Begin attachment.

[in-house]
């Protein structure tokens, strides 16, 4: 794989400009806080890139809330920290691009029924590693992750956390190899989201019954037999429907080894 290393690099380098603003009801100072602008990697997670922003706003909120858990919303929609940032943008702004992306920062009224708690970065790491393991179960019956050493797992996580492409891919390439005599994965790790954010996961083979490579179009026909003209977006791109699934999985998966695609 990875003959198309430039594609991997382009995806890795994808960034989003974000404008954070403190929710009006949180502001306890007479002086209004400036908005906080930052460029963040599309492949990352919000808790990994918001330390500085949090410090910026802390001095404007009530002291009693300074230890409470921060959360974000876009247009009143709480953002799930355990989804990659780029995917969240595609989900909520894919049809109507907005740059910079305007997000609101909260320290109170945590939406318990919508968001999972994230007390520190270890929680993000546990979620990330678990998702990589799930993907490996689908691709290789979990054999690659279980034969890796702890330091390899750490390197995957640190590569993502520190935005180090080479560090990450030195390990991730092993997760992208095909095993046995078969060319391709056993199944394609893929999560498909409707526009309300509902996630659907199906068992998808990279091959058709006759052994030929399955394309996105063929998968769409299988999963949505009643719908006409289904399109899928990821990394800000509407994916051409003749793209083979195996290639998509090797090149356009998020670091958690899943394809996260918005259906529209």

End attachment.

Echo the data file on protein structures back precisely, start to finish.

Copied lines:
[in-house]
């Protein structure tokens, strides 16, 4: 794989400009806080890139809330920290691009029924590693992750956390190899989201019954037999429907080894 290393690099380098603003009801100072602008990697997670922003706003909120858990919303929609940032943008702004992306920062009224708690970065790491393991179960019956050493797992996580492409891919390439005599994965790790954010996961083979490579179009026909003209977006791109699934999985998966695609 990875003959198309430039594609991997382009995806890795994808960034989003974000404008954070403190929710009006949180502001306890007479002086209004400036908005906080930052460029963040599309492949990352919000808790990994918001330390500085949090410090910026802390001095404007009530002291009693300074230890409470921060959360974000876009247009009143709480953002799930355990989804990659780029995917969240595609989900909520894919049809109507907005740059910079305007997000609101909260320290109170945590939406318990919508968001999972994230007390520190270890929680993000546990979620990330678990998702990589799930993907490996689908691709290789979990054999690659279980034969890796702890330091390899750490390197995957640190590569993502520190935005180090080479560090990450030195390990991730092993997760992208095909095993046995078969060319391709056993199944394609893929999560498909409707526009309300509902996630659907199906068992998808990279091959058709006759052994030929399955394309996105063929998968769409299988999963949505009643719908006409289904399109899928990821990394800000509407994916051409003749793209083979195996290639998509090797090149356009998020670091958690899943394809996260918005259906529209």